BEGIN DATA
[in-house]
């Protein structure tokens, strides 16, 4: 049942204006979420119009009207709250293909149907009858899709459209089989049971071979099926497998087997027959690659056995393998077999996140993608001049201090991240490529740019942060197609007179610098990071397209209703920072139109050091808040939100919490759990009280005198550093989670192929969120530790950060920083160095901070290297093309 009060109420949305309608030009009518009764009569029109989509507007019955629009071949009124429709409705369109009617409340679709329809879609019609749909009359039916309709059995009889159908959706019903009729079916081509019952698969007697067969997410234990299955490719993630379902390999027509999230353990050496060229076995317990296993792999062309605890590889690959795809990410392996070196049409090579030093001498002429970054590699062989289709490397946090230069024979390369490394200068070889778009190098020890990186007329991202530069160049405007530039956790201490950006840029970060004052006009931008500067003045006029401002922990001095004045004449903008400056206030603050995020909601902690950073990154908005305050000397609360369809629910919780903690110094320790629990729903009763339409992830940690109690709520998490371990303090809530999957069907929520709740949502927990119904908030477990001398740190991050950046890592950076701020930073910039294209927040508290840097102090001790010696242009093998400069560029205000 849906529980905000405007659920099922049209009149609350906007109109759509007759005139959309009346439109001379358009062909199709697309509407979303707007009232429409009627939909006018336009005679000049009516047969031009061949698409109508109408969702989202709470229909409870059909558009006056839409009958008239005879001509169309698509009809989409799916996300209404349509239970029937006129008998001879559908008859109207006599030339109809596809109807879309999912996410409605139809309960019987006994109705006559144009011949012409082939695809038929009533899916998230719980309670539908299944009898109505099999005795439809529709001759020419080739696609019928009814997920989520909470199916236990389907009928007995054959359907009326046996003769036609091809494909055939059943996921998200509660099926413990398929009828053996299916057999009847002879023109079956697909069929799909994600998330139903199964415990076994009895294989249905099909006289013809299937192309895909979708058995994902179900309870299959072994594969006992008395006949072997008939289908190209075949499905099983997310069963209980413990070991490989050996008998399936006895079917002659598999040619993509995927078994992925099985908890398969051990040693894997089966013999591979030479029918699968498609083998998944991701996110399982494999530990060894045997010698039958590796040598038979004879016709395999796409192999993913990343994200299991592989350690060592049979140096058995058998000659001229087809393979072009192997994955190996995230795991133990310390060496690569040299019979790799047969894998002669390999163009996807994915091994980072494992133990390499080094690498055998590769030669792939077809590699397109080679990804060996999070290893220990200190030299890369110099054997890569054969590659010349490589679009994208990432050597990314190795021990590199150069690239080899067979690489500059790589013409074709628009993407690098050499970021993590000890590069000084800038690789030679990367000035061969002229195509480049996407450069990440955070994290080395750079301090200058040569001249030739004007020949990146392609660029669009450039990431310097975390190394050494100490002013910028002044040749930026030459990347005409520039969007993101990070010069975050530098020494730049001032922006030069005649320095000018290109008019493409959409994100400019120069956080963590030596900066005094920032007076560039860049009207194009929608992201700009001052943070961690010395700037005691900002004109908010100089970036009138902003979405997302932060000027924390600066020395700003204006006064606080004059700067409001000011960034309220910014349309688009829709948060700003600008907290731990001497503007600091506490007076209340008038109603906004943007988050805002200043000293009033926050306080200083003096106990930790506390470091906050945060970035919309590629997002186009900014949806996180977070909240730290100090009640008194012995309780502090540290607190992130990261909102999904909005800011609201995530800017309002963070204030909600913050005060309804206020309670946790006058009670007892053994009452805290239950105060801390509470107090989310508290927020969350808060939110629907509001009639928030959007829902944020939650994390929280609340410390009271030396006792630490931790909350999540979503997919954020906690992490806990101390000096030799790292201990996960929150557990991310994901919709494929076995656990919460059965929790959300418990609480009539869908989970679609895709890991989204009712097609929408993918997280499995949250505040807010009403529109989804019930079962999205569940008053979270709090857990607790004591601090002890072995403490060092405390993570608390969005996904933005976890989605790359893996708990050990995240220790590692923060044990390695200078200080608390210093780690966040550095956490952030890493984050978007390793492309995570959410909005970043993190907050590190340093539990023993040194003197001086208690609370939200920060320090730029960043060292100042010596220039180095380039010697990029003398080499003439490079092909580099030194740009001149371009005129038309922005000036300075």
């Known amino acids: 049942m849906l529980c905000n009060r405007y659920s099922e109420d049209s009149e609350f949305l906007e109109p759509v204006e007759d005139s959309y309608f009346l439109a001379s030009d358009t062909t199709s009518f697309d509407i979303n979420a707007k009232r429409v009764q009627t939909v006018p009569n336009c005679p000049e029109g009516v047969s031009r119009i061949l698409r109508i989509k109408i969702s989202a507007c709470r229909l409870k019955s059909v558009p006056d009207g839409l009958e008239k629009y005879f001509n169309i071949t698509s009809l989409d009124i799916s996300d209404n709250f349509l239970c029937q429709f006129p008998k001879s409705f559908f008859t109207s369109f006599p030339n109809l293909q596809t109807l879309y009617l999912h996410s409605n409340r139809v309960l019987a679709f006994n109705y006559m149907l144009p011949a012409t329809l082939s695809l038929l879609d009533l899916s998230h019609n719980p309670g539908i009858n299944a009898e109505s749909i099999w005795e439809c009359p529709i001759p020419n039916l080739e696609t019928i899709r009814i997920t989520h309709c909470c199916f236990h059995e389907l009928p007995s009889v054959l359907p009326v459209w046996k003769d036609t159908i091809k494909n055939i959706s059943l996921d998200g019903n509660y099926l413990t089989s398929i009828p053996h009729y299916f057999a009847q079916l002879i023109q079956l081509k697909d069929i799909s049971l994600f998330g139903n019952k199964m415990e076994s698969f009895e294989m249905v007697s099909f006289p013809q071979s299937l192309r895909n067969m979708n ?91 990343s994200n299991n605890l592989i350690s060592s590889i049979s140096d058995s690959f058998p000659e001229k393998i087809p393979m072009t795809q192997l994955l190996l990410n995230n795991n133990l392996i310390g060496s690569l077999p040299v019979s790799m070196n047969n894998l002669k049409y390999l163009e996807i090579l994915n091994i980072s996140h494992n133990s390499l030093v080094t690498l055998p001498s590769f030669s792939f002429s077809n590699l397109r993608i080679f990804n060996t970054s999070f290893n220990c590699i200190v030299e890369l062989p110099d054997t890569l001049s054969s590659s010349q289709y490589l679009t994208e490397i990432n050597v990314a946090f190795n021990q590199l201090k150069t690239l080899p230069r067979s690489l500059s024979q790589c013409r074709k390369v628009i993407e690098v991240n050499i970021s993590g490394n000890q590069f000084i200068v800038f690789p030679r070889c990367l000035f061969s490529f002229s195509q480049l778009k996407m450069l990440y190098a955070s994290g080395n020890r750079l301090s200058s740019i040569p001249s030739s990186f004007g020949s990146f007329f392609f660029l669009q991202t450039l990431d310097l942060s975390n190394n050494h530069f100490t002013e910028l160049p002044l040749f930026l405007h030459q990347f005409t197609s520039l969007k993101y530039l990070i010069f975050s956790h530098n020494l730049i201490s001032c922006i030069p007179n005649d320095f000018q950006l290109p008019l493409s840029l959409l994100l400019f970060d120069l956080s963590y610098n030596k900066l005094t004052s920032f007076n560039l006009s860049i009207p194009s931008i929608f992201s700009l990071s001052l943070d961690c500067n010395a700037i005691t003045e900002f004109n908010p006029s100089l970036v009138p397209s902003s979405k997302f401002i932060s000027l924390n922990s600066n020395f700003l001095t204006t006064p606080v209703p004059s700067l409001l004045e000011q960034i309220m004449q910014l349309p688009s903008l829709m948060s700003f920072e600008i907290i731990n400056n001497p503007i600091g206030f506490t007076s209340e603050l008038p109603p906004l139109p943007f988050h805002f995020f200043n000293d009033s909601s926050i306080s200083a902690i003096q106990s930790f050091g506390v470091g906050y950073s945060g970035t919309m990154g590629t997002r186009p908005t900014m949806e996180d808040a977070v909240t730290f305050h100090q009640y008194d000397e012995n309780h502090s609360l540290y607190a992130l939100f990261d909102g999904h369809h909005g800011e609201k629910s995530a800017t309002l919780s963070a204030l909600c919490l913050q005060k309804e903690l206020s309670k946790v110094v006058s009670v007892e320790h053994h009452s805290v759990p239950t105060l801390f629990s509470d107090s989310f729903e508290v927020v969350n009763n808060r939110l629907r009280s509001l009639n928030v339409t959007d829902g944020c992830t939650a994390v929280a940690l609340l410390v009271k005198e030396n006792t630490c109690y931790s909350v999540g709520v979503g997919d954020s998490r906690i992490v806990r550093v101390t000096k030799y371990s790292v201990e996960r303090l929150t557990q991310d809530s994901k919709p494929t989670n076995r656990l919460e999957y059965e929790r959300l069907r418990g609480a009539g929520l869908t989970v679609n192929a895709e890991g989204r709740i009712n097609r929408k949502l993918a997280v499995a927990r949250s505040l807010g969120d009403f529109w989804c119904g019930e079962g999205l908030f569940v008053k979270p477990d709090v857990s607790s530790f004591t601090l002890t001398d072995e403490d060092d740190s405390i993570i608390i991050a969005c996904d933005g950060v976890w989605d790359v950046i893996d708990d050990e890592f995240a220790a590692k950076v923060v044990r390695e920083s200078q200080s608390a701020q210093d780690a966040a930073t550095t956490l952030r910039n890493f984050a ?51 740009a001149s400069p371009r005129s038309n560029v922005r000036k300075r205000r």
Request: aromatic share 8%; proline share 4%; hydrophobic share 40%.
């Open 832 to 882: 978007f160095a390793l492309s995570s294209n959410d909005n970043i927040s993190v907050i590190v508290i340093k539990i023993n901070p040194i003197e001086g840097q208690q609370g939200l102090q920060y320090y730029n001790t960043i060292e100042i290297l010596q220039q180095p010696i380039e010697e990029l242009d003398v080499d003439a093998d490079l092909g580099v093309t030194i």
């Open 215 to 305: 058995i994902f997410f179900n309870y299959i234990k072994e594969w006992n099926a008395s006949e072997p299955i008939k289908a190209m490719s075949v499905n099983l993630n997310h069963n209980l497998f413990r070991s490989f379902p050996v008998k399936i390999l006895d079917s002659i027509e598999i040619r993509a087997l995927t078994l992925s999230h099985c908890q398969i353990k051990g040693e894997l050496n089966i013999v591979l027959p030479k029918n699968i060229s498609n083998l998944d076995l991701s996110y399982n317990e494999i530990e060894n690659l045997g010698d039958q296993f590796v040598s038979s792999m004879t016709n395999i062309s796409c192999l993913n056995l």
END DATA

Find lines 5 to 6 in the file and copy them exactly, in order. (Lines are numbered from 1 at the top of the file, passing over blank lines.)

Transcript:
């Open 832 to 882: 978007f160095a390793l492309s995570s294209n959410d909005n970043i927040s993190v907050i590190v508290i340093k539990i023993n901070p040194i003197e001086g840097q208690q609370g939200l102090q920060y320090y730029n001790t960043i060292e100042i290297l010596q220039q180095p010696i380039e010697e990029l242009d003398v080499d003439a093998d490079l092909g580099v093309t030194i």
């Open 215 to 305: 058995i994902f997410f179900n309870y299959i234990k072994e594969w006992n099926a008395s006949e072997p299955i008939k289908a190209m490719s075949v499905n099983l993630n997310h069963n209980l497998f413990r070991s490989f379902p050996v008998k399936i390999l006895d079917s002659i027509e598999i040619r993509a087997l995927t078994l992925s999230h099985c908890q398969i353990k051990g040693e894997l050496n089966i013999v591979l027959p030479k029918n699968i060229s498609n083998l998944d076995l991701s996110y399982n317990e494999i530990e060894n690659l045997g010698d039958q296993f590796v040598s038979s792999m004879t016709n395999i062309s796409c192999l993913n056995l």